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EDITORIAL

The damned and the saved

THE WAY foreigners enter a country speaks volumes about both their own homeland and the country they want to visit.

THE WAY foreigners enter a country speaks volumes about both their own homeland and the country they want to visit.

People receive impressions and are assigned a status right at the border: some are tourists welcomed with open arms; some are exchange students, made to sign a declaration promising to return to their own country; some are refugees who no longer have their own country.

Some are crossing the border under cover of darkness at a place where noone will check their passport: often they don’t even have one; and if they do, they would not be likely to receive a stamp granting them legal status.

Visas are much more than just stamps in passports: they reflect the dynamics between countries and also the challenges that nations face.

Yet, the absence of visas can have greater significance for a country than their existence.

United States President George W. Bush announced on October 17 that his country will no longer require citizens of six formerly communist European countries, among them Slovakia, plus South Korea to apply for visas in order to visit as tourists.

The ongoing discussion about visas has undoubtedly been an important part of relations between Slovakia and the United States.

Diplomats on both sides have been virtually unable to avoid the visa question in interviews or other interactions with the public. Visas even made it onto the agenda of the first-ever visit of a U.S. President to Slovakia back in 2005, when the Slovak government requested a „better visa policy for Slovakia”.

Besides this, liberalisation of US visa policies towards the European Union’s newer members has been very much a live issue within the EU, with some countries criticising the union for not being more assertive in negotiating a unified approach for all its members.

There are walls that can come down overnight, but political and psychological walls can take decades to dissolve.

These walls need to be taken apart brick by brick and they need to be dismantled on both sides. Entry to the Schengen zone removed one of the last remaining bricks from the wall separating Slovakia from the old European Union countries.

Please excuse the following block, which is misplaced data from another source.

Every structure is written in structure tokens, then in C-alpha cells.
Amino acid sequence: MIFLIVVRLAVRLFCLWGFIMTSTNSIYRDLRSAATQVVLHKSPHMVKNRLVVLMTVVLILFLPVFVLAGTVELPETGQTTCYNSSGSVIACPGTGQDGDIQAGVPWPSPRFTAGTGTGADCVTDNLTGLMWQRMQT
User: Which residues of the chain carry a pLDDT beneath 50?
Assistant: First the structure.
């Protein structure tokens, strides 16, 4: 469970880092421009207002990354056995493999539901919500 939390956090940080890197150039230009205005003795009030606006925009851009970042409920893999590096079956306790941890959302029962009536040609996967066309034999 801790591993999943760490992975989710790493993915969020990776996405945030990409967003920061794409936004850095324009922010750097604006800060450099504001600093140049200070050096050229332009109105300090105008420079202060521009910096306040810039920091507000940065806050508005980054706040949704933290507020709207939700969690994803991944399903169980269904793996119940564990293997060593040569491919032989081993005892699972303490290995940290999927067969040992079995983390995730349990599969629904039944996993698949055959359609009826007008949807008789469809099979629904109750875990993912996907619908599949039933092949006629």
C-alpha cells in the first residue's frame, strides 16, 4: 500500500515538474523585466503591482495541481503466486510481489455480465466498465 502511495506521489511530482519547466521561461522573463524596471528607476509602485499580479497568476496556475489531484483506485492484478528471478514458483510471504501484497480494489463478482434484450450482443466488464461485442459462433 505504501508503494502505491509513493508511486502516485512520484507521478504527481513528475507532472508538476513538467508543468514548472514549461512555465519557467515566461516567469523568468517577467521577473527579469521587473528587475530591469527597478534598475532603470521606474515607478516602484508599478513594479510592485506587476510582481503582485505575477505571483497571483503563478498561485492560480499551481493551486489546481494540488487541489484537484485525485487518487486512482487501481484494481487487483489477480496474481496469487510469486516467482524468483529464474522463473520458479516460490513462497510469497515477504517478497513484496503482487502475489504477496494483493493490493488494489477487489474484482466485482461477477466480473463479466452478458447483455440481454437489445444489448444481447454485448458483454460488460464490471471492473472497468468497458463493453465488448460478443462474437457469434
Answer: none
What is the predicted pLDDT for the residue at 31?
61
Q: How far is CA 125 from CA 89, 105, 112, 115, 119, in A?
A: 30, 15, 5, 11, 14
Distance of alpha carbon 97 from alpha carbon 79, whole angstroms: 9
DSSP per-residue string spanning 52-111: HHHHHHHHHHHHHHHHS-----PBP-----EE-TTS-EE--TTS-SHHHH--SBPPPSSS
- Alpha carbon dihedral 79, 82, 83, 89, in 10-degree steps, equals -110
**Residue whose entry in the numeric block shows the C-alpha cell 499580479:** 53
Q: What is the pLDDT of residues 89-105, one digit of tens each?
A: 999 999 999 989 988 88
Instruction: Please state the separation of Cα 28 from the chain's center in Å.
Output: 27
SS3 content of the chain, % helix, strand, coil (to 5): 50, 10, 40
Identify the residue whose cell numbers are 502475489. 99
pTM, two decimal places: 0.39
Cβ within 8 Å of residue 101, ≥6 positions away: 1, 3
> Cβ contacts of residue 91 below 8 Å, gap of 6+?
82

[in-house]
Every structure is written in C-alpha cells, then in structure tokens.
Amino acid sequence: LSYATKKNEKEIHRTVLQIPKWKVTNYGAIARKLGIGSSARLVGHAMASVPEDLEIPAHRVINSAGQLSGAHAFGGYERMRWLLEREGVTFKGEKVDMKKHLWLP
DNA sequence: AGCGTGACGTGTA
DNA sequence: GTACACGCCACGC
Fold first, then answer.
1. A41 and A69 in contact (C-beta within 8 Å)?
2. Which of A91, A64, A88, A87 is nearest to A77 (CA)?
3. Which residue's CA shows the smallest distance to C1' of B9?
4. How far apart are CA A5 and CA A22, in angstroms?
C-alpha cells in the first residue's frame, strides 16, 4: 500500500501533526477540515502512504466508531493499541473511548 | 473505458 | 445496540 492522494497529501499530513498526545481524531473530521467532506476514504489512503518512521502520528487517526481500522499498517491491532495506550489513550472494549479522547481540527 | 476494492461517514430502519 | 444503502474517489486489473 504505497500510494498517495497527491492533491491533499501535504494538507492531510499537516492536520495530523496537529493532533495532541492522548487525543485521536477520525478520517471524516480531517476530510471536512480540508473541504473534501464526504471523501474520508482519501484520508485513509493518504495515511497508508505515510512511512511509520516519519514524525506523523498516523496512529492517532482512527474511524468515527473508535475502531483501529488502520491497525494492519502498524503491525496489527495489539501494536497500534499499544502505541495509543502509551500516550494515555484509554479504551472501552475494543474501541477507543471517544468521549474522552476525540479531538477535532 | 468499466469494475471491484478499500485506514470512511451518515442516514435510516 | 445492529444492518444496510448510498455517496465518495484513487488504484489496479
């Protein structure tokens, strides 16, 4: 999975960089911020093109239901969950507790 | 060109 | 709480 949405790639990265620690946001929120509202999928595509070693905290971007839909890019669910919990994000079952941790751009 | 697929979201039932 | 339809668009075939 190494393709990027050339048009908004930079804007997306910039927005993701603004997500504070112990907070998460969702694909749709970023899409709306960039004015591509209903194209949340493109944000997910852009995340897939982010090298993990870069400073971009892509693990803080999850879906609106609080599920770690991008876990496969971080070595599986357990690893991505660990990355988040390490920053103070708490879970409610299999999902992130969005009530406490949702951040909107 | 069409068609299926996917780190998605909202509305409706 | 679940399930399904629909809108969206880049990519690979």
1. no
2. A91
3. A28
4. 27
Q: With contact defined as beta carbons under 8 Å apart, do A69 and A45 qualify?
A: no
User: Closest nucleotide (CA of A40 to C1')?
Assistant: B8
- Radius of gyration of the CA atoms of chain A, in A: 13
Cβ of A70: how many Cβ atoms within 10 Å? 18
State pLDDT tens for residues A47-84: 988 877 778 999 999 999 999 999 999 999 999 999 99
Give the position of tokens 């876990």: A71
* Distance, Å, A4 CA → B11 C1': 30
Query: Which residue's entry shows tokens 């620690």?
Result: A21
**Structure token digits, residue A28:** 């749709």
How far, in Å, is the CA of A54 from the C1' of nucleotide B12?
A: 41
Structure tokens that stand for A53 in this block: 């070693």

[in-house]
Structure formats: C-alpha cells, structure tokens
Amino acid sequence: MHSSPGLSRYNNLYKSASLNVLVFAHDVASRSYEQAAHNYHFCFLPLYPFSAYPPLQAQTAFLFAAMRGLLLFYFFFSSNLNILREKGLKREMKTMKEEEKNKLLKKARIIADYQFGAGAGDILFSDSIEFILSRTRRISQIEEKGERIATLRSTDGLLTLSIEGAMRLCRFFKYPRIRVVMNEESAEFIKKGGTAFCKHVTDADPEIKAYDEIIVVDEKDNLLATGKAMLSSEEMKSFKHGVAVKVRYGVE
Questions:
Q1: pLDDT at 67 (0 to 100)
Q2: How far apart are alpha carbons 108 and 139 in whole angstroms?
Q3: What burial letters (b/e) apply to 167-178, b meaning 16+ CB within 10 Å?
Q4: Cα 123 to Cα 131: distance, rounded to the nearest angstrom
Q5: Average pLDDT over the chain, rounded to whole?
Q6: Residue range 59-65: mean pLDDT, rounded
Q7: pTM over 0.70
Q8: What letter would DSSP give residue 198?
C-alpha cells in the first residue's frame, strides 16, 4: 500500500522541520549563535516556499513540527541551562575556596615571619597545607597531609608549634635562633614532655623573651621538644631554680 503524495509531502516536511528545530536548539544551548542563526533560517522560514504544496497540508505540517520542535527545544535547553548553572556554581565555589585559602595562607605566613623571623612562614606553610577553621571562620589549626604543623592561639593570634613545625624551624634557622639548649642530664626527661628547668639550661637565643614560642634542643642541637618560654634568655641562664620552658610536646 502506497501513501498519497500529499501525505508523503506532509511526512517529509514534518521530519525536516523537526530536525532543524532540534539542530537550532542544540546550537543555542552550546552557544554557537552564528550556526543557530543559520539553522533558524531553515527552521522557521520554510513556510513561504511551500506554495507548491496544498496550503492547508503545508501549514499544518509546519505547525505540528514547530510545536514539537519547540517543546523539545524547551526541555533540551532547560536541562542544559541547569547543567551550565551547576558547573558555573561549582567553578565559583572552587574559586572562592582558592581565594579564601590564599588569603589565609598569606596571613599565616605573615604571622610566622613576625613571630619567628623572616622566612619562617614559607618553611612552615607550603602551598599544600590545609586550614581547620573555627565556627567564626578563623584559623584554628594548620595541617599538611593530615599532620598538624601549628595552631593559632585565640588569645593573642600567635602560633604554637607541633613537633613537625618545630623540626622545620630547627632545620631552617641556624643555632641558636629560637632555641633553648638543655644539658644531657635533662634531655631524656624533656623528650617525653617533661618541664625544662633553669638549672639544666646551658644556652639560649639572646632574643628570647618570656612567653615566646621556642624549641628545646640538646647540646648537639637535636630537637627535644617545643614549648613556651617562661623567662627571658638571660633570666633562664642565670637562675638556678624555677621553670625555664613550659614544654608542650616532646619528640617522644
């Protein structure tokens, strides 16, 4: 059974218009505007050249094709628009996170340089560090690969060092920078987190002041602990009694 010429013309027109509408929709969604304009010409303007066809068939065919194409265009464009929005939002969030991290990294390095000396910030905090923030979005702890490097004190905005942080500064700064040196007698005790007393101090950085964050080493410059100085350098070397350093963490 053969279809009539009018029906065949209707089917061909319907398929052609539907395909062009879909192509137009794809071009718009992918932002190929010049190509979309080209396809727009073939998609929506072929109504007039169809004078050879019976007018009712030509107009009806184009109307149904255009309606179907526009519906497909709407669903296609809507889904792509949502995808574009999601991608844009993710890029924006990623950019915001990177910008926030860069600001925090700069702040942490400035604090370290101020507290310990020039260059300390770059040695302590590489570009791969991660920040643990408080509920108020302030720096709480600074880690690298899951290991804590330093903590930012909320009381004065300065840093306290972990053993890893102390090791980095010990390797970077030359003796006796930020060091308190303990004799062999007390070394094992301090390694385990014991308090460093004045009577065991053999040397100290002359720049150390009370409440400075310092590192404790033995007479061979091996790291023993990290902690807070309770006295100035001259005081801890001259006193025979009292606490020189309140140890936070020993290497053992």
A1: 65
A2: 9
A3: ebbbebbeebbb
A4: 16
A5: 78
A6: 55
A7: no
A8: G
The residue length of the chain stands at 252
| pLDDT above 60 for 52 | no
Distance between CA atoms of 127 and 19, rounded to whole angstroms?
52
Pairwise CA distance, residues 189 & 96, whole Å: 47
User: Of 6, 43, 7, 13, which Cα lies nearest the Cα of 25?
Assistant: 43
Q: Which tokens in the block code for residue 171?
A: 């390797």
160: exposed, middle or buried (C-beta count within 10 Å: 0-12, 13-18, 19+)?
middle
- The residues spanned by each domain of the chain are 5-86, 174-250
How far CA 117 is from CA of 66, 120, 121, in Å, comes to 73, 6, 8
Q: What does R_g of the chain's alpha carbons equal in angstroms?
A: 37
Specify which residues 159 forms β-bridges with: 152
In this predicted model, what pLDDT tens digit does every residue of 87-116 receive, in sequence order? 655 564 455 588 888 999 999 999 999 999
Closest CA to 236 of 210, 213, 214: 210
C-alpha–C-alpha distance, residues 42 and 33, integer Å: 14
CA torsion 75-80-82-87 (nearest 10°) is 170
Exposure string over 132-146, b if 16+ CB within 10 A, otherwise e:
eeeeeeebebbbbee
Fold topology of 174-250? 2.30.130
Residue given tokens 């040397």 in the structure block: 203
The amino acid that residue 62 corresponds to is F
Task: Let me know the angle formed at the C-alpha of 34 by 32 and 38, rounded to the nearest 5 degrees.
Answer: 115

The cancellation of the visa regime with the United States is another.

While most Slovak state officials have acknowledged both the practical and the symbolic importance of this act, Prime Minister Robert Fico declined to celebrate.

“I don’t see anything special about it and I don’t understand why everybody is so excited,” he said at a short briefing on October 17. “I think there must be balance in international relations, whether countries are big or small.”

It is unlikely that there was any hidden message behind Fico’s lines, intended for the United States or its representatives.

This was a message for his voters, indeed a message typical for politicians who like to play on the frustrations of part of the populations of small nations, suggesting that they will not “bow” to anyone.

And yet acts such as waiving visas and presidential handshakes always happen in a political context and, understandably, there will always be politicians who want to glue these acts into their little political albums hoping that the voters will remember them when the time comes.

In the light of this logic Slovak President Ivan Gašparovič might reap some of the PR fruit from this event, though among all the diplomatic efforts and time Slovakia has invested in getting U.S. visas cancelled his share is relatively negligible.

And, given the short-term memory of voters, by the presidential elections next year in which Gašparovič will almost certainly run for re-election, few are likely to remember that it was he who heard the good news from the president of the United States.

Fortunately, Slovaks can now overlook all the political bargaining surrounding this act and simply take it for what it is: another confirmation that Slovakia is recognised as a normal democratic country from which people do not have a reason to flee en masse to the United States - or any other country for that matter - and work there illegally.

They no longer have to stand in line, or hang around in embassy waiting rooms to get a number and then face interview – a process which, no matter how much effort is invested in removing the impression of moral judgement, still retains about it an unpleasant whiff of the damned and the saved.

Some might argue that at the arrival halls in foreign countries, immigration officers still ask travellers where they are going or why.

But that is part of a globalised world where people travel for different reasons and with different intentions, and countries want to retain control over whom they let in.

Besides, one day Slovakia might face some pressing visa questions too: for example if businesses continue to call for more qualified labour and the country is forced to change its immigration policies in order to let in more from abroad.

Or by making it easier for some countries to do business here by easing visa duties for countries further east.

When all is said and done, it is a good thing that visas are not waived or retained based only on statements made by politicians.

Given Slovakia’s spectrum of political opinion, the country might otherwise have had to wait for a few more years yet.


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